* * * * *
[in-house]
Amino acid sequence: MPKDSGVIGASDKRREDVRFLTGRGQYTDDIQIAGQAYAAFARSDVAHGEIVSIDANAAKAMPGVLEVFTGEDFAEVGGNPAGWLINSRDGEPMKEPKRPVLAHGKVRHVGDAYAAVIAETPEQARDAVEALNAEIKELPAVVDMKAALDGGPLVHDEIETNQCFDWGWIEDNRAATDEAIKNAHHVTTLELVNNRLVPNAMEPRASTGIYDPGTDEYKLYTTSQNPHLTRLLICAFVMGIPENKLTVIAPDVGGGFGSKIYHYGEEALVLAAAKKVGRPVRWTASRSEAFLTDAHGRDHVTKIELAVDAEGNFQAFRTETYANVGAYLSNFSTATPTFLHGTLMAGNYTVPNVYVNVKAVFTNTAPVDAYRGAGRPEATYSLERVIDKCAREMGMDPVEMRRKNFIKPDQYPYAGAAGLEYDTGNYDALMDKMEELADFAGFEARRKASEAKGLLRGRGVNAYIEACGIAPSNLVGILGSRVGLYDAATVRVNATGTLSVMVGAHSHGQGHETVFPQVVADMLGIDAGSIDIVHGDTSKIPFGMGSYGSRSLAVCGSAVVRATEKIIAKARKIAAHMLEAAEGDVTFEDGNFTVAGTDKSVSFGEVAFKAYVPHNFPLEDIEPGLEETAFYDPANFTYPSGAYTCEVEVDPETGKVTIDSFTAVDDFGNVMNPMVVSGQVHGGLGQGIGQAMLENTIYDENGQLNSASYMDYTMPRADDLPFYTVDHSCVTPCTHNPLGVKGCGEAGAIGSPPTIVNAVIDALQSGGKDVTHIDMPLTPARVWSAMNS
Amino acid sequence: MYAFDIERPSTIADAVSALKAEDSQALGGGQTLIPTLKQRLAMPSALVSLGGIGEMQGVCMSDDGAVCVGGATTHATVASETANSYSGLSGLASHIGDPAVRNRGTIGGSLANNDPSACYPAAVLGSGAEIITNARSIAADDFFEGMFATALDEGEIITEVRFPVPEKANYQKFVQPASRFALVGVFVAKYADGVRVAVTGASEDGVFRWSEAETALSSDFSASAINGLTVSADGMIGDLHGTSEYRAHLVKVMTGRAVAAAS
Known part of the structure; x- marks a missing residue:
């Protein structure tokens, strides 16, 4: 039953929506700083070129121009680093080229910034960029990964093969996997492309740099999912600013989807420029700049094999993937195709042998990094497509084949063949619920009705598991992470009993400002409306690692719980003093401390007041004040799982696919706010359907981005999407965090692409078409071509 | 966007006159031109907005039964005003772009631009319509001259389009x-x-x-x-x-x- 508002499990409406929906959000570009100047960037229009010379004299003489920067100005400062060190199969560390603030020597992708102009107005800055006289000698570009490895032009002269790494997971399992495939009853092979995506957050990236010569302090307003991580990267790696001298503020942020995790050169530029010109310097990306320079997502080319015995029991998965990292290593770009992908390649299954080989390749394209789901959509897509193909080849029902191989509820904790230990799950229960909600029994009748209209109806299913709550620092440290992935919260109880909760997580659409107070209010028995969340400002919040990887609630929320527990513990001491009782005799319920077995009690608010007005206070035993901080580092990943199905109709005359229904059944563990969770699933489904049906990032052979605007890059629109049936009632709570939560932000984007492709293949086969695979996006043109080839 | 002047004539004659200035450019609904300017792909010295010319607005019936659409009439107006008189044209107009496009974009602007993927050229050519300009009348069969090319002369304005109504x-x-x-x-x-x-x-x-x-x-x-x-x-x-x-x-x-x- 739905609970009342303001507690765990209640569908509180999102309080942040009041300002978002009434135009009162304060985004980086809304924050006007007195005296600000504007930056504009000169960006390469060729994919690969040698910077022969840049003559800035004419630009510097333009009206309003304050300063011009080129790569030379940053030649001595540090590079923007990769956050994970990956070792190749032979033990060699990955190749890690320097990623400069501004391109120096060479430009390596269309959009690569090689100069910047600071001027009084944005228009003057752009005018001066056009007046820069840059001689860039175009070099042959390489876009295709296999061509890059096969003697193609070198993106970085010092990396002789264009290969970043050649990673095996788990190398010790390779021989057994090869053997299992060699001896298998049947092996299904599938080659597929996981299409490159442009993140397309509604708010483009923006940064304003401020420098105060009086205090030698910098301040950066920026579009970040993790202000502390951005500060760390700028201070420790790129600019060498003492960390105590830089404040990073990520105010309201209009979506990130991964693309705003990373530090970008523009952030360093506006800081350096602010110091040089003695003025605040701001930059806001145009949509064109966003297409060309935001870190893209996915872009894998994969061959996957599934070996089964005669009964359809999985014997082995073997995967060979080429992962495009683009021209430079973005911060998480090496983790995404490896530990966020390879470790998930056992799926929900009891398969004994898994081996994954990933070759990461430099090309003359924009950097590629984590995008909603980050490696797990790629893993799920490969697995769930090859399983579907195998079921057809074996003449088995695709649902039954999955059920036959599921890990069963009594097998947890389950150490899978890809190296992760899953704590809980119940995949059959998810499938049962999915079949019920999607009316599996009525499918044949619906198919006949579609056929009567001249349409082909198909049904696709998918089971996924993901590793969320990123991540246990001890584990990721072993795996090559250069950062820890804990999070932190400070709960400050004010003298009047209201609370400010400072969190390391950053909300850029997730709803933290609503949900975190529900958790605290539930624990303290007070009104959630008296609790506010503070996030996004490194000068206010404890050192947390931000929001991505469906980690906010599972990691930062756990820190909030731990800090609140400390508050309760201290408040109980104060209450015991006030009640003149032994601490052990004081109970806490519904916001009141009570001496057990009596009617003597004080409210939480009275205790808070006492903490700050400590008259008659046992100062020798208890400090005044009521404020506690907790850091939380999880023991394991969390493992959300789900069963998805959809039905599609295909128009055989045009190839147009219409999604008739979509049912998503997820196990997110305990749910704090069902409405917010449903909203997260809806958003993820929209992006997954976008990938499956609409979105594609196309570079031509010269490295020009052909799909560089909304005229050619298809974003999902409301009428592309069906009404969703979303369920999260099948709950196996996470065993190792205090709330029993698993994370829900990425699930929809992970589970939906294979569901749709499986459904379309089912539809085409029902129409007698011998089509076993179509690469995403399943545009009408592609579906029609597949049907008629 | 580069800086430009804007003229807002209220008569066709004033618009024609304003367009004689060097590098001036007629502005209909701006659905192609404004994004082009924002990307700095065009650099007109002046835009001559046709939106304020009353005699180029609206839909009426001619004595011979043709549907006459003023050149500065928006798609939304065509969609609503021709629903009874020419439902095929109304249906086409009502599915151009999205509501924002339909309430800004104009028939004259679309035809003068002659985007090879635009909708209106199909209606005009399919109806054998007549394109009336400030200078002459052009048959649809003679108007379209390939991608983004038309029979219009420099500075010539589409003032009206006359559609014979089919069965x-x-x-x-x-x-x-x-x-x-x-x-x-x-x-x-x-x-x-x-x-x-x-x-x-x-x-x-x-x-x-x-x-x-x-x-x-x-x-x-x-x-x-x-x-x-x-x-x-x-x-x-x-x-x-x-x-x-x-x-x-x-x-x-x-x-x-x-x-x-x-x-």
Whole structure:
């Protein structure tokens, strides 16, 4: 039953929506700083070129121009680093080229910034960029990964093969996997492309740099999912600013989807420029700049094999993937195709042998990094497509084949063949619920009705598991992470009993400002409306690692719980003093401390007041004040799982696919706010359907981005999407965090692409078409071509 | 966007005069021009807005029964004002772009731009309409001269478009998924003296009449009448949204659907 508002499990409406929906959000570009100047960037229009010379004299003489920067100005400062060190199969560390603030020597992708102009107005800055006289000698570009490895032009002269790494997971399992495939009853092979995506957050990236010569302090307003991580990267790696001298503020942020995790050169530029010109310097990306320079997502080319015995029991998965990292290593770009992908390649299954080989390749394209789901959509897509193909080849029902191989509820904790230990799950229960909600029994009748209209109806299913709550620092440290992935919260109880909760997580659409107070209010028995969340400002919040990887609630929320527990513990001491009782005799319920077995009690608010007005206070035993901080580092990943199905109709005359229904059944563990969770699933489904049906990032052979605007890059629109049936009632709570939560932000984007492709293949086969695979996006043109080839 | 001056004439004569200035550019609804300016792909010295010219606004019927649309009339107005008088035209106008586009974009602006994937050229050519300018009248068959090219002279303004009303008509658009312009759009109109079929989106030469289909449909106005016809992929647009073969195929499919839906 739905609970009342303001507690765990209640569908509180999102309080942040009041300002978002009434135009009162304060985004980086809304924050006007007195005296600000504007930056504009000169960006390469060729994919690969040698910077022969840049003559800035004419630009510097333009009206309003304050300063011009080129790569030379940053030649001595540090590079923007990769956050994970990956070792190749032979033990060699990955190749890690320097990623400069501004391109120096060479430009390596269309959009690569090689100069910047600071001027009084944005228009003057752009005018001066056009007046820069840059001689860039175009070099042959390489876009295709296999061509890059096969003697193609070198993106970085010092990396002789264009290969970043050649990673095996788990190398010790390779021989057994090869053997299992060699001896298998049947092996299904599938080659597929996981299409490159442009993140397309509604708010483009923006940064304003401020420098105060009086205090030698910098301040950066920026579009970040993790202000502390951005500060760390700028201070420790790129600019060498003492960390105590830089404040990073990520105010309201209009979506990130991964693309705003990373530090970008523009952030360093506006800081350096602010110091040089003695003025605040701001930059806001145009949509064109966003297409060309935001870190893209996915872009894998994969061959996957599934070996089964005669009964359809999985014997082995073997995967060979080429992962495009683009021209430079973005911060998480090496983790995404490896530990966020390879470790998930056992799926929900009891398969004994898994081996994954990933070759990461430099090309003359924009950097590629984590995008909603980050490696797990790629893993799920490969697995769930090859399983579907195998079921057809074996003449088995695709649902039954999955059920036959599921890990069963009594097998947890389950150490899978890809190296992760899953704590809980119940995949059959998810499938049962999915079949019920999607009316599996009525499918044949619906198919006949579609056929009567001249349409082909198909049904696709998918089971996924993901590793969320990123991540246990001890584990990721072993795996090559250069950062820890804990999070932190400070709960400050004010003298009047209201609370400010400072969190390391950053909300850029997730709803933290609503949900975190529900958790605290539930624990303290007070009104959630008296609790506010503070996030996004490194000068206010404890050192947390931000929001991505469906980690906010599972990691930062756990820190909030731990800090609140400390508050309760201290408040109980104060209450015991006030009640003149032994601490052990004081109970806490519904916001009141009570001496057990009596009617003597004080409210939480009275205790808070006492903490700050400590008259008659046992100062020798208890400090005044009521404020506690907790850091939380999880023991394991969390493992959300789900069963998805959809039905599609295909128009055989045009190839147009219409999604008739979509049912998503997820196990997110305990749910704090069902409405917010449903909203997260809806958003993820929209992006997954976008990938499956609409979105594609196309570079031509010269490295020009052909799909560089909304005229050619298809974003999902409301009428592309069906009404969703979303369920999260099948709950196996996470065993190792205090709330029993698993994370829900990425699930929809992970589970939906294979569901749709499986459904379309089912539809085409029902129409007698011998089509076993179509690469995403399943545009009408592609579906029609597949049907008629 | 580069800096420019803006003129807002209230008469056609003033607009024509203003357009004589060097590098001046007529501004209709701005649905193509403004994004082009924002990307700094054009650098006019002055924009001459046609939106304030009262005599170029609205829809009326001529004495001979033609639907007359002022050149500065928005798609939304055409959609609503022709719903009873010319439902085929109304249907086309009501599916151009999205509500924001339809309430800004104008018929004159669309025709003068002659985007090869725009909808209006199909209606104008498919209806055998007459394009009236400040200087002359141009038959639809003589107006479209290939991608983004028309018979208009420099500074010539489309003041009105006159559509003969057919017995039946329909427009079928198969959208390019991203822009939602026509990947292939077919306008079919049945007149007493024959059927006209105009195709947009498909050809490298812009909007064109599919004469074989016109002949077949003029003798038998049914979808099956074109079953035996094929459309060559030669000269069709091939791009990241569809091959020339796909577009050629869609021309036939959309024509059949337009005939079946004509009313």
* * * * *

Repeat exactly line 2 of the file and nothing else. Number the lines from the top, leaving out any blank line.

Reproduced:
Amino acid sequence: MPKDSGVIGASDKRREDVRFLTGRGQYTDDIQIAGQAYAAFARSDVAHGEIVSIDANAAKAMPGVLEVFTGEDFAEVGGNPAGWLINSRDGEPMKEPKRPVLAHGKVRHVGDAYAAVIAETPEQARDAVEALNAEIKELPAVVDMKAALDGGPLVHDEIETNQCFDWGWIEDNRAATDEAIKNAHHVTTLELVNNRLVPNAMEPRASTGIYDPGTDEYKLYTTSQNPHLTRLLICAFVMGIPENKLTVIAPDVGGGFGSKIYHYGEEALVLAAAKKVGRPVRWTASRSEAFLTDAHGRDHVTKIELAVDAEGNFQAFRTETYANVGAYLSNFSTATPTFLHGTLMAGNYTVPNVYVNVKAVFTNTAPVDAYRGAGRPEATYSLERVIDKCAREMGMDPVEMRRKNFIKPDQYPYAGAAGLEYDTGNYDALMDKMEELADFAGFEARRKASEAKGLLRGRGVNAYIEACGIAPSNLVGILGSRVGLYDAATVRVNATGTLSVMVGAHSHGQGHETVFPQVVADMLGIDAGSIDIVHGDTSKIPFGMGSYGSRSLAVCGSAVVRATEKIIAKARKIAAHMLEAAEGDVTFEDGNFTVAGTDKSVSFGEVAFKAYVPHNFPLEDIEPGLEETAFYDPANFTYPSGAYTCEVEVDPETGKVTIDSFTAVDDFGNVMNPMVVSGQVHGGLGQGIGQAMLENTIYDENGQLNSASYMDYTMPRADDLPFYTVDHSCVTPCTHNPLGVKGCGEAGAIGSPPTIVNAVIDALQSGGKDVTHIDMPLTPARVWSAMNS